Joe Cornish

Joe Cornish
Why He Could Do It: The British comedian/DJ turned director has been one of the hot prospects out there in the last few years. Having turned screenwriter with pal Edgar Wright to pen " The Adventures of Tintin" and " Ant-Man," Cornish made his directorial debut midway through 2011 with " Attack The Block," a glorious John-Carpenter-in-a-hoodie action-horror that became a serious fan favorite. Since then, Cornish has been courted for several blockbusters, including " A Good Day To Die Hard" and, yes, " The Hunger Games: Catching Fire," but has pretty much preferred to stick to the beat of his own drum to date. But, and I say this as a Brit, 007 holds a very special place in the British psyche, and as Mendes has shown, directors who might not otherwise dream of making a franchise picture would still consider it. And Cornish is a confessed and avowed Bond fan -- witness his loving ribbing of the series in a faux " Quantum Of Solace" theme song composed for his radio show with Adam Buxton a few years back. Furthermore, the sensibilities shown in his debut, for thrills and laughs in equal measure, all with real directorial skills and a firm sense of Britishness (one of the refreshing things about Mendes' entry), suggest a Cornish Bond could be something truly excellent.
Why He Might Not: Cornish's next film is slated to be the " E.T"/" Iron Giant"ish sci-fi " Rust." Word has been quiet since it was announced a little while back, but it's presumably intended to shoot sometime during 2013. When exactly that film rolls may be the deciding factor for the director when it comes to availability, but even then, he's developing an adaptation of seminal cyberpunk novel " Snow Crash," and possibly a new original script too. So there's a certain amount on his plate. Furthermore, Cornish is cautious about jumping early into the big-budget world,  telling us late last year of his "Die Hard" offer, "Ultimately I think it would have been too big a step to take." Bond would seem to qualify similarly, unless he's able to fit it in after "Rust." And even then, we're just not sure how interested Cornish would be in actually directing a Bond movie, as big a fan as he might be of the series. Time, we suppose, will tell.

Other Contenders:  Well, everyone loves to throw his name up on the wishlist, but  Christopher Nolan  is a long shot. During the summer Nolan  said "it would have to be the right situation and the right time in their cycle of things," but we assume you can count him way out. Some fans are already screaming on Twitter out for Danish  helmer Nicolas Winding Refn (" Drive") but after three Hollywood-ish/big-budgeted films fell apart for him (the last one  being " The Equalizer") the last thing he probably wants to do is that song and dance again (especially when he has a few of his own original projects still brewing). You can also name some of the biggest directors in the world if you like, but Bond generally doesn't go there; Mendes being the biggest name director to helm these films ever and he wasn't all that "big" in this world to begin with (even as the only Academy Award-winning filmmaker to ever direct a Bond film).  So count out the Peter Jacksons, Steven  Spielberg's et al. They aren't realistic choices.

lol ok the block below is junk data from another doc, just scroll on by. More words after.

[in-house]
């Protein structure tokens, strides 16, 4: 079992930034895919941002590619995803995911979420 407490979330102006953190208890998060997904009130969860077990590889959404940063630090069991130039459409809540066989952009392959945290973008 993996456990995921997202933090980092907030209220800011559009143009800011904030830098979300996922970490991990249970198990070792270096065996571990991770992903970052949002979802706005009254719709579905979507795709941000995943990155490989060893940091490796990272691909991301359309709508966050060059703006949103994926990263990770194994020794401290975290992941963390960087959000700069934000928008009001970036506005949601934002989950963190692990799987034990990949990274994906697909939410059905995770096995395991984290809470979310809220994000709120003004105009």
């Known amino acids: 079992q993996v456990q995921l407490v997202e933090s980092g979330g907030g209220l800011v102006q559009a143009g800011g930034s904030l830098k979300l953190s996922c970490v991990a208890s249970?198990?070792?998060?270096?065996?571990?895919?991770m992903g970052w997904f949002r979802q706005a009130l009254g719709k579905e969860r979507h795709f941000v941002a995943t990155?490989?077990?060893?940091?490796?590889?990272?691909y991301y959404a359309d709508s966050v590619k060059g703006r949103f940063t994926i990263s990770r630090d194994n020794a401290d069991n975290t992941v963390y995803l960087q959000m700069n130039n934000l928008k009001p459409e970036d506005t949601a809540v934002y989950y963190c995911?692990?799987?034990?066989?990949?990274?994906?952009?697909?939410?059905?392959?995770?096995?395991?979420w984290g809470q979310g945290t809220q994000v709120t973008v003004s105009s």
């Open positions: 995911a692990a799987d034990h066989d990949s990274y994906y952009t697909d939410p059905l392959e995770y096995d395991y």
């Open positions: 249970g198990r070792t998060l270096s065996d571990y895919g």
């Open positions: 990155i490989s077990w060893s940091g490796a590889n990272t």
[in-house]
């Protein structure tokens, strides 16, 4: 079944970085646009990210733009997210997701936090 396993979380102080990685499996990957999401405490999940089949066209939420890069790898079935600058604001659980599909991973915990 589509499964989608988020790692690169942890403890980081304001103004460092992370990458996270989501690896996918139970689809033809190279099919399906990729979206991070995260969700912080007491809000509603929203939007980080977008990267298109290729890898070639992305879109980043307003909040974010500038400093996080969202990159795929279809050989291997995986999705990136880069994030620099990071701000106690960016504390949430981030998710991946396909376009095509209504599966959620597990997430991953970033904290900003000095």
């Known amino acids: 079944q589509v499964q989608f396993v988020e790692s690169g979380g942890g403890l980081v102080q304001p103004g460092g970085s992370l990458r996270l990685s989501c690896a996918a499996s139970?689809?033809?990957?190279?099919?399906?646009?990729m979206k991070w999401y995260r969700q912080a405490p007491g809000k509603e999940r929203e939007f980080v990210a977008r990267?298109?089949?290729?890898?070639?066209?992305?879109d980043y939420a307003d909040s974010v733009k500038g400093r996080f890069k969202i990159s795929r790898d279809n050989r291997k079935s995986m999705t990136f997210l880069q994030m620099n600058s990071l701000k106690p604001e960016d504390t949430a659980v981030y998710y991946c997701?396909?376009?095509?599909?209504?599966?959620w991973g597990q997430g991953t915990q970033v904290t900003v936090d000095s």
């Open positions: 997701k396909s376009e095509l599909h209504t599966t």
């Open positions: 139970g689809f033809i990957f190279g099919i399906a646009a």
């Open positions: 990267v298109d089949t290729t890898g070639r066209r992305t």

Who else might be a contender to helm? Our best guess is that the days of journeymen helmers like  Michael Apted and  Roger Spottiswoode are done. Producers have seen the benefits of bringing in an A-list auteur, and are likely to try and repeat the trick, even if they have to pay out for it. And yet they're going to need to be available relatively soon, with a release in 2015 being loosely targeted.

Given that he's made two of the great Bond movies, we certainly wouldn't be against the idea of " Casino Royale" director Martin Campbell coming back, especially as he's coming off the gigantic misfire of " Green Lantern," and could probably use a hit. Rising star J. Blakeson (" The Disappearance Of Alice Creed") is on a lot of shortlists these days, though he's supposed to be shooting the crime thriller " Bad Blood And Trouble" with Bradley Cooper in the latter half of next year, and we suppose Rupert Sanders might be feasible, but we'd rather someone with a firmer sense of story in charge.

Danny Boyle's been rumored for Bond in the past, and he's done with " Trance," but will 007 seem like a step down after Oscar and Olympic triumphs? Ang Lee could be an interesting choice, and is a theoretically free agent after " Life Of Pi" hits in a few weeks, while the idea of Tomas Alfredson tackling Bond is a very intriguing one, though he likely feels he's scratched his espionage itch after " Tinker Tailor Soldier Spy." And for more leftfield choices, the great Jonathan Glazer (" Birth") should be finished with his long-gestating " Under The Skin" in the immediate future; he's possibly too sedate for 007, but we'd love to see his take on the franchise. British helmer Ben Wheatley could also be fascinating, though he seems happy carving out his own path for the most part. And with " Lawless" marking a more commercial side to John Hillcoat's work, he might be in the running in theory, which we'd like to see if only for a Nick Cave-penned Bond theme.

Anyone else you'd like to see considered? Let us know in the comments section below.  - Oliver Lyttelton with additional work by Rodrigo Perez